Madrasah Sheikh Rashid. The madrasah was located in Mohalla Mir Mast in Jaunpur where Sheikh Muhammad Rashid bin Mustafa Uthman once spread the light of learning. I have, however, not been able to find out the name of its founder. The ruins of the madrasah are still traceable.
Madrasah Banaras was established by Sheikh Nizamuddin of Banaras. One of the scholars who received his education in this school was Sheikh Tayyab bin Mo'in(d. 1632)
Madrasah Patna. This was a famous centre of Islamic learning at 'Azimabad (Patna) with a magnificent building on an elevated place by the side of the river Ganges. It was founded in 1655 by Nawab Saifuddin Khan who had also constructed a mosque and residential quarters for the teachers and students, and created a trust consisting of several villages for the maintenance of the madrasah.
The author of Risala Qutbia states that two of its teachers Syed Zarif and Syed Kamal were disciples of Sheikh Nizamuddin of Lucknow. Siyar-ul-Mutakhirin, however, gives the name of its lecturer, Maulana Tajuddin of Oudh.
Madrasah Danapur. Located at Danapur, about 10 Kms. from Patna, the school was founded by Nawab Asaf Khan. The madrasah was located in a building of considerable strength and elegance whose foundation was laid by Nawab Asaf Khan but was ultimately brought to completion by Nawab Haibat Jang. The latter also constructed a beautiful mosque near the madrasah
Madrasah Shahabad. The madrasah existed in the suburbs of Shahabad (Arrah). It had once had a big trust consisting of several villages, created by Shah Alam. It also had a big library and its annual expenditure amounted to five thousand rupees. The present trustee is the head of a local monastery.
Madrasah Aurangabad. This educational institution, which still exists, is in Aurangabad town of district Gaya. The annual income from the trust created for its maintenance was rupees four hundred per annum.
Rangpur Madrasahs - Several educational institutions were started in Rangpur district of Bengal by Muhammad Bakhtiyar Khilji but none of them now exist nor the trace of their buildings is to be found.

Madrasahs of Malwa and Khandesh
Madrasah Mandu was in the capital of Ghauri kings of Malwa. It was perhaps founded by Hushang Shah who died in 1435 and, as stated by Firishta, was laid to rest in the same madrasah.(1).
Firishta, Vol. i, p. 241.
Madrasah Mahmudiya was founded by Mahmud Shah Khilji in the year 1446. He also fixed a generous allowance for the teachers and students of the madrasah.
Madrasah Ghiyathiya. This institution was also located in Shadiabad at Mandu and was founded by Ghiyathuddin Khilji as stated by Asfi in the Zafar-ul-Waleh.(2).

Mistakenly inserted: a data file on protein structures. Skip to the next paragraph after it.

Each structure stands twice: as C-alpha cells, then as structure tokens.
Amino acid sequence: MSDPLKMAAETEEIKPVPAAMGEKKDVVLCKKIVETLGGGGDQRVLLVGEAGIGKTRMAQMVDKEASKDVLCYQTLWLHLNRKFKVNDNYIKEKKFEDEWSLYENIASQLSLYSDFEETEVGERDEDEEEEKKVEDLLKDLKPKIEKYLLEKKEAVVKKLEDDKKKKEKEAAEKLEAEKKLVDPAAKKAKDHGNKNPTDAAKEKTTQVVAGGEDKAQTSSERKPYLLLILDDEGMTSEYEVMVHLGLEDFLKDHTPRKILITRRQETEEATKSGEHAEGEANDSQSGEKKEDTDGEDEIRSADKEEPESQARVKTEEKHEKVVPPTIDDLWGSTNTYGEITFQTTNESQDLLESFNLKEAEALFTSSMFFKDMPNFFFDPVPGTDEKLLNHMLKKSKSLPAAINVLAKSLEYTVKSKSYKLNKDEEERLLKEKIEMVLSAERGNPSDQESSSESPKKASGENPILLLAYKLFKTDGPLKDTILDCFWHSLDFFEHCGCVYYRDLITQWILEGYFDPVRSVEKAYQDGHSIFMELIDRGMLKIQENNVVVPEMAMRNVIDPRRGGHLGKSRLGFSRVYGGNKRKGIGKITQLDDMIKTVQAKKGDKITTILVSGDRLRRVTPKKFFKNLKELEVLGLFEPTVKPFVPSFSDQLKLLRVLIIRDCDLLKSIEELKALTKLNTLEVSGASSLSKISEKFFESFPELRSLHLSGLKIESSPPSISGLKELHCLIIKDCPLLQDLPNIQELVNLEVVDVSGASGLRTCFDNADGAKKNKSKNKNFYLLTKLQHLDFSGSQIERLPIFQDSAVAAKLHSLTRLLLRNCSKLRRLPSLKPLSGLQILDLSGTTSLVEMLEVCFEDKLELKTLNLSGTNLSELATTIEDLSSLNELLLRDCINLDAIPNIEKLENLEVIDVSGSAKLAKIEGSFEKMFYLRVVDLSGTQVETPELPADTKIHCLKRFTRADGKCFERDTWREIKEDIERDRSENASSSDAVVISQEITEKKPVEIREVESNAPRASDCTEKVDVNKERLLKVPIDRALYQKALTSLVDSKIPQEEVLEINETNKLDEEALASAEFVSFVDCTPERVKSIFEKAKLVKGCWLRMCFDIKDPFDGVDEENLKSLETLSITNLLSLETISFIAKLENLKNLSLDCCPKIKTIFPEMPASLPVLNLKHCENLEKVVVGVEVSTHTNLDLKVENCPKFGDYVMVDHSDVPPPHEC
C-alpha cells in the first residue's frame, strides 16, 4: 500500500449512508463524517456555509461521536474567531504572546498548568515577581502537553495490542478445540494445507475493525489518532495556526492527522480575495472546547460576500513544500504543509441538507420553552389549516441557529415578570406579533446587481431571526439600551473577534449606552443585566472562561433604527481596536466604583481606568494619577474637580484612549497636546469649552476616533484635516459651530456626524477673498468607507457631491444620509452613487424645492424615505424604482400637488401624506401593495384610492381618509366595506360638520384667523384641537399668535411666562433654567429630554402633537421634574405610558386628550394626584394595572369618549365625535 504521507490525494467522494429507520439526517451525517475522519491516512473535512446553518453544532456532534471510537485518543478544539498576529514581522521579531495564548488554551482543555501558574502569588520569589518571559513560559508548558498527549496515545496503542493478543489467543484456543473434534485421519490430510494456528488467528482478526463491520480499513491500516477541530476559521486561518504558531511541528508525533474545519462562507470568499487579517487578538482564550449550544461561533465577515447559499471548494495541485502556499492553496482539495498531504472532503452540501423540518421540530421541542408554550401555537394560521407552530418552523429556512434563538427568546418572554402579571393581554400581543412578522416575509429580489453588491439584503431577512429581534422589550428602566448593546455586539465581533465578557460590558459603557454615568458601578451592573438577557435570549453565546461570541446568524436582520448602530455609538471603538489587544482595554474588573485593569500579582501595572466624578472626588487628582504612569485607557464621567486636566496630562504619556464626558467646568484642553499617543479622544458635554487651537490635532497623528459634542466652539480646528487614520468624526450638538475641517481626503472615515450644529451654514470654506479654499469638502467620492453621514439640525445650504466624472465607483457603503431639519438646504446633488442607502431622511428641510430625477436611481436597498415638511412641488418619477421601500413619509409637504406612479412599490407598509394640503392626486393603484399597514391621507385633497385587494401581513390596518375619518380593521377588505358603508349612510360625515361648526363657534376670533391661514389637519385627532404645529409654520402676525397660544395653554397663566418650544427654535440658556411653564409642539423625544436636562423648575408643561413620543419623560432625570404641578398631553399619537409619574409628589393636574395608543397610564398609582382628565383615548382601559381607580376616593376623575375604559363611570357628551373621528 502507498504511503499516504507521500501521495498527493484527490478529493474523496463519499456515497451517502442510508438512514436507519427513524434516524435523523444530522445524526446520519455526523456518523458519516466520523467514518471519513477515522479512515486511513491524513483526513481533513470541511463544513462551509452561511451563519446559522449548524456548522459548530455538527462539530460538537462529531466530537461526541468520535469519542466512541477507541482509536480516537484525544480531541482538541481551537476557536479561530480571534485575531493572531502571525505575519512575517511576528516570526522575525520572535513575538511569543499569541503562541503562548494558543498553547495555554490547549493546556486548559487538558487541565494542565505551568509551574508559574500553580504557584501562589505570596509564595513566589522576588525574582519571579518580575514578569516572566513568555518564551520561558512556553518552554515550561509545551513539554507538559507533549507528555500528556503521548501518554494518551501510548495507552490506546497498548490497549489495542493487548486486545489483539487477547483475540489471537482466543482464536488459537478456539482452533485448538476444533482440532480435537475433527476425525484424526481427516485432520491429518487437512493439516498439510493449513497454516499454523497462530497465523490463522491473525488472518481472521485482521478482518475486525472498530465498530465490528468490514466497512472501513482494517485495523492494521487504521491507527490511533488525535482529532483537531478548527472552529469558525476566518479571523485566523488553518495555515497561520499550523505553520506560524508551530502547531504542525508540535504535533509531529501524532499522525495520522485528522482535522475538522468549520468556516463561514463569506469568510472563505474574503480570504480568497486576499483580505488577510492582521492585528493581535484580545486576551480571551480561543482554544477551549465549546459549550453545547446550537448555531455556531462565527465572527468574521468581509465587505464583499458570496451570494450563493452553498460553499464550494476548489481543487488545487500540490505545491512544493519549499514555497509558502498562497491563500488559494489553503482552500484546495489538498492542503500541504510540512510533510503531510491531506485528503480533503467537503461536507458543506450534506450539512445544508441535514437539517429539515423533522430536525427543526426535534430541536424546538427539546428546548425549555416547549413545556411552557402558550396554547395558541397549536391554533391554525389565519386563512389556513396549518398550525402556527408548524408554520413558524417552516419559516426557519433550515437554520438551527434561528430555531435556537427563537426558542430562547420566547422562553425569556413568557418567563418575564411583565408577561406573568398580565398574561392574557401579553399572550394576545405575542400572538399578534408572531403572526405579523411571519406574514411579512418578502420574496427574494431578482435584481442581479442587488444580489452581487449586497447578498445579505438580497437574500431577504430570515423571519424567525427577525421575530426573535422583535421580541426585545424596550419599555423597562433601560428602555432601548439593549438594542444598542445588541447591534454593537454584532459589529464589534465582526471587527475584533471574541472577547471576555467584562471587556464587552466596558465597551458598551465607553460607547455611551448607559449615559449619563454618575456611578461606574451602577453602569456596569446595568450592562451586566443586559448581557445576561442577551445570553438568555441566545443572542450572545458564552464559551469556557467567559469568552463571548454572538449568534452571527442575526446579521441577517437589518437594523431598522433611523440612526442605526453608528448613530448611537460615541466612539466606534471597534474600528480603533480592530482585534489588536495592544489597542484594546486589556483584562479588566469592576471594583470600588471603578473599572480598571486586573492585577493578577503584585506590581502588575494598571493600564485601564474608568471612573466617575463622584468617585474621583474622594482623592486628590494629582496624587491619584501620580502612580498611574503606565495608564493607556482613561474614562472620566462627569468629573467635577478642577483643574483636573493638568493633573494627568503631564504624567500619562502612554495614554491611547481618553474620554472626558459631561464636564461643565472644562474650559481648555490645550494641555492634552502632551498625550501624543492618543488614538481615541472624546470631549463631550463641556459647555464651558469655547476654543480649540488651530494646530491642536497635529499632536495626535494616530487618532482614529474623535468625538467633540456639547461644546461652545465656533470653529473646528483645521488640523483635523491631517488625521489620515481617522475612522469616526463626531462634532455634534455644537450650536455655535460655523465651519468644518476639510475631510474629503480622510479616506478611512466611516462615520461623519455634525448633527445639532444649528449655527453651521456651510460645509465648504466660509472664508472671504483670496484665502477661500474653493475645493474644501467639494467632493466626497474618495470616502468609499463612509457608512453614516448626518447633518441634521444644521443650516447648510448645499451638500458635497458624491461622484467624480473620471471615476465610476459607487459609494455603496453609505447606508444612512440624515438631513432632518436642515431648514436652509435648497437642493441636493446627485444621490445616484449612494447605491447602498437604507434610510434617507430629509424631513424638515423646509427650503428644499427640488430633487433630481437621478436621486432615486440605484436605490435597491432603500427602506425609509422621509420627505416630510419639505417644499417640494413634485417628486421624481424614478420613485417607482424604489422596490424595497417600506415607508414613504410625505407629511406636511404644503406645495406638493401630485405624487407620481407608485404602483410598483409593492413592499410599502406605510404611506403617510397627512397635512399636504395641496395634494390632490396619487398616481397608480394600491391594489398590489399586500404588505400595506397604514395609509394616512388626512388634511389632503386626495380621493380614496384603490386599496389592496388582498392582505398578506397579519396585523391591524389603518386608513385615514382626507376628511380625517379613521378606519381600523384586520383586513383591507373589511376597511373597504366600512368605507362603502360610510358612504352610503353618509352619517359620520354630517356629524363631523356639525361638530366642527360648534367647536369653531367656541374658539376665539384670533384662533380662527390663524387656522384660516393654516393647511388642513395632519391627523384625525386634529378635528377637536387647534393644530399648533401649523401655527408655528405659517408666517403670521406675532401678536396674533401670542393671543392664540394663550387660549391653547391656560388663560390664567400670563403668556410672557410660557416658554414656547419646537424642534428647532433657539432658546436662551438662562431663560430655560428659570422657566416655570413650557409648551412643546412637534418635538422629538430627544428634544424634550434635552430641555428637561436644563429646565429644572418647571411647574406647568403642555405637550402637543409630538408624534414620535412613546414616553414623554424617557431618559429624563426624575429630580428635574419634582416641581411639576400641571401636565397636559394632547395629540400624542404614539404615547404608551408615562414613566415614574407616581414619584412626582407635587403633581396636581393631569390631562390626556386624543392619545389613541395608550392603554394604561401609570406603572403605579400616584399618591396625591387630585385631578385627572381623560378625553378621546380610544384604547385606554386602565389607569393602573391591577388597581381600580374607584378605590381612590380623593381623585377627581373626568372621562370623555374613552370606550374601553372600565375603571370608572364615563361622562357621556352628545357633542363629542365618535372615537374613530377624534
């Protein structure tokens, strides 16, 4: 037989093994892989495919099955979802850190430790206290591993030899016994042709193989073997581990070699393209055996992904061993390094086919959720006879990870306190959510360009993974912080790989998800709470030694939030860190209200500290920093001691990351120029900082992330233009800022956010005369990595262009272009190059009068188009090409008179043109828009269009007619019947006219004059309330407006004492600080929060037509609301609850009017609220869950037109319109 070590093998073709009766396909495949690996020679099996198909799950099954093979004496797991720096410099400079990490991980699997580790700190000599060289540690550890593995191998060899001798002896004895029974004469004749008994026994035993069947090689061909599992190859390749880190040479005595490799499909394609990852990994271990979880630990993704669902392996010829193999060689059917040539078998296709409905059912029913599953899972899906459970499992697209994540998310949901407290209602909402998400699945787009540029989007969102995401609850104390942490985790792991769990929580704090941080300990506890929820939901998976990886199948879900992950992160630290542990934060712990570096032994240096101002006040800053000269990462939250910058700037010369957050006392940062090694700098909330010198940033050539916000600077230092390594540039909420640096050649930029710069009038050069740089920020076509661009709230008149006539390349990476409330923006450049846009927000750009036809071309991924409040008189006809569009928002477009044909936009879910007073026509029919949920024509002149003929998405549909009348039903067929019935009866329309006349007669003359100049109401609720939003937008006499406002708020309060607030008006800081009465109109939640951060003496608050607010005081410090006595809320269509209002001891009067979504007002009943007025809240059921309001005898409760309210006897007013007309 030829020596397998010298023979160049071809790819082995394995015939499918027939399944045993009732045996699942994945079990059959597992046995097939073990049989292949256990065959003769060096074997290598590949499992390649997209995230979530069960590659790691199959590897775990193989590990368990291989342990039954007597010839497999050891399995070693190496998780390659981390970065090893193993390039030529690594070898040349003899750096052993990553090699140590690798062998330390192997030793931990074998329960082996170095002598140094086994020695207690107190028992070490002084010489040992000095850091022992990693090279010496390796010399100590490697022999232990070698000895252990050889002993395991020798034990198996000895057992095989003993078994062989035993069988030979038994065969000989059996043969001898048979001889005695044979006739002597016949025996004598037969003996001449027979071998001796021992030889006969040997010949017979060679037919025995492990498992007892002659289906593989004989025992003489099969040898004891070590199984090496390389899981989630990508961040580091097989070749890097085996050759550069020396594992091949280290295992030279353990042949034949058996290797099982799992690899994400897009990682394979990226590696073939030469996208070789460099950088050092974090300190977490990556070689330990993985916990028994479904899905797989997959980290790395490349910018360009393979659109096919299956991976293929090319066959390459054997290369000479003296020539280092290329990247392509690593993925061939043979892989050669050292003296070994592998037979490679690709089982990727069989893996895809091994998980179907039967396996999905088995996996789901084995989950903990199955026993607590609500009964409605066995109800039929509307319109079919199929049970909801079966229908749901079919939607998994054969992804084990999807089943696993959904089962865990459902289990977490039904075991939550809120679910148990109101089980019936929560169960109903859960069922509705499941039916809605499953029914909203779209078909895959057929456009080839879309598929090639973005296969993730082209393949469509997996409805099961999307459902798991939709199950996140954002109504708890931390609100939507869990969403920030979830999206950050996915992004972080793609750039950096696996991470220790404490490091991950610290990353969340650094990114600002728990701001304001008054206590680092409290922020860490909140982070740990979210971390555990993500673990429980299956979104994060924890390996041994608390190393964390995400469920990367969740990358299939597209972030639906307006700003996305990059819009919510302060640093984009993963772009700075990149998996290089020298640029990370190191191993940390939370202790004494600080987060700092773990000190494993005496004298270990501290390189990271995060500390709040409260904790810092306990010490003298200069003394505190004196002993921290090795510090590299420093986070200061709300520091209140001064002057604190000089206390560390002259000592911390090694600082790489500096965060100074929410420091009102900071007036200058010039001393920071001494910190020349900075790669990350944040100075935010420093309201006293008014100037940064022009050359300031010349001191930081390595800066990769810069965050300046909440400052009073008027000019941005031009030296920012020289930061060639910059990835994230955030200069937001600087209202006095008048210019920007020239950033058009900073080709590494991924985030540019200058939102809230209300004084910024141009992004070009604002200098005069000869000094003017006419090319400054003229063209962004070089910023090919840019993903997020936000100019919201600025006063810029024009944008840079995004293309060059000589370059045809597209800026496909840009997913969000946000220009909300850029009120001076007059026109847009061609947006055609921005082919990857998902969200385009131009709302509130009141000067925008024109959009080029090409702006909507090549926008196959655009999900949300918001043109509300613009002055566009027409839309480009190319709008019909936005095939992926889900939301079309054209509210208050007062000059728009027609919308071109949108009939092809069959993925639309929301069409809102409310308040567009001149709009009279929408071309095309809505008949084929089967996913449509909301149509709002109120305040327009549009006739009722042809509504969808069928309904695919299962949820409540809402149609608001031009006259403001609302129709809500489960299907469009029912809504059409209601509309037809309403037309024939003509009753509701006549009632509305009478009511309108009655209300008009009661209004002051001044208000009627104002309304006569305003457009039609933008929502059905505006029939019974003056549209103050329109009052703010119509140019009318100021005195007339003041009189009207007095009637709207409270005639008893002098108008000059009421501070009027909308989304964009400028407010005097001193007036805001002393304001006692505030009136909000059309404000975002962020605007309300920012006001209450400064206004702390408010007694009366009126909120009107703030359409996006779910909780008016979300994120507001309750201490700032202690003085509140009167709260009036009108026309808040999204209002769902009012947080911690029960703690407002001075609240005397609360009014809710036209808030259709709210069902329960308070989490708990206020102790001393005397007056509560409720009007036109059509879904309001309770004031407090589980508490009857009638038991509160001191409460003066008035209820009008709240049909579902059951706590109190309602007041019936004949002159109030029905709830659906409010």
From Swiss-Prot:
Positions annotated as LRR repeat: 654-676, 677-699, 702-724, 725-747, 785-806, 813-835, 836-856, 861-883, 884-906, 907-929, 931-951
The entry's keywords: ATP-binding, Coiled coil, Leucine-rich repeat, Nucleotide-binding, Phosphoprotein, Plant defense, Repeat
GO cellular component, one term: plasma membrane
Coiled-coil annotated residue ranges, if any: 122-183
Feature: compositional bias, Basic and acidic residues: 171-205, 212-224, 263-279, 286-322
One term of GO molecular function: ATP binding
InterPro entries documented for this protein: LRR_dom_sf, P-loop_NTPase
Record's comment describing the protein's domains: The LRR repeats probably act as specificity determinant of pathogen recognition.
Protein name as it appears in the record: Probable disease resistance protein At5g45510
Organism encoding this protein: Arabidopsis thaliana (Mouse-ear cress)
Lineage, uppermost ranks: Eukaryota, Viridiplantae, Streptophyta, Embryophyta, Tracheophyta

Muhammad b. Umar Makki Asfi, Zafar-ul-Walah, (London, 1910) Vol. i, p. 209.
Madrasah Zafarabad. According to the author of Athar-ul-Khair the madrasah existed during the reign of Mahmud Shah II.
Madrasah Ujjain. The madrasah was founded by one of the Khilji Sultans of Malwa. The ruins of its building are still visible.(3)
Muhammad 'Abbas Raf'at Sherwani, Tuzuk-i-Afghani, (Agra, 1299 AH), p. 100
Madrasah Sarangpur. This institution was established by one of the Khilji Sultans of Malwa. The ruins of the building still standing have the following inscription on its foundation stone:
"The foundation of this madrasah was laid within the territory held by Malik Madari Khan on 22nd of Rab'i-ul-Thani in the year 897 A.H. during the reign of the Great King, the patron of the world and religion, Mahmud Shah Khilji, whom God may bless with dominion and kingdom."
Madrasah Ra'isin: The madrasah with a imposing building was established at Ra'isin by Ghanim-ul-Mulk in 1485, which also provided residential accommodation for its students and teachers. The ruins of its decayed walls still stand to remind its existence.(1)
Nawab Shahjahan Begum, Taj-ul-lqbal (Kanpur, 1289 AH), Vol. III, p. 83
Madrasah 'Adilpur. The madrasah had a magnificent building and, as stated by the author or Gulzar-i-Abrar,(2) Sheikh Musa of Sind was appointed as the Principal of this school by its founder, 'Adil Shah.
Muhammad Ghaus Mandwi, Gulzar-i-Abrar, Vol. VIII, p. 453.
Madrasah Burhanpur: The madrasah was run first by Sheikh Tahir bin Yusuf of Sind and then by his nephew 'Isa bin Qasim. Thereafter his descendants continued to teach in this institution for a long time.
Madrasah Anwaruddin: Another educational institution was established at Burhanpur by Nawab Anwaruddin of Gopamau, then governor of Burhanpur, who appointed Sheikh Ghulam of Gujarat as the head of the madrasah and fixed an annual subvention of Rupees 36,000 for its maintenance.

Madrasahs of Gujarat
"In the towns of Gujarat Mahmud Shah I founded a large number of madrasahs," writes the author of Mirat-i-Sikandari, but I have not been able to find further details of these institutions.
Madrasah Uthmanpur. Sheikh 'Uthman(1) (d. 1459) established this madrasah at 'Uthmanpur near Ahmadabad. Mahmud Shah I donated a large collection of valuable books from his imperial library which were given over to the madrasah by Sheikh Uthman for the use of students.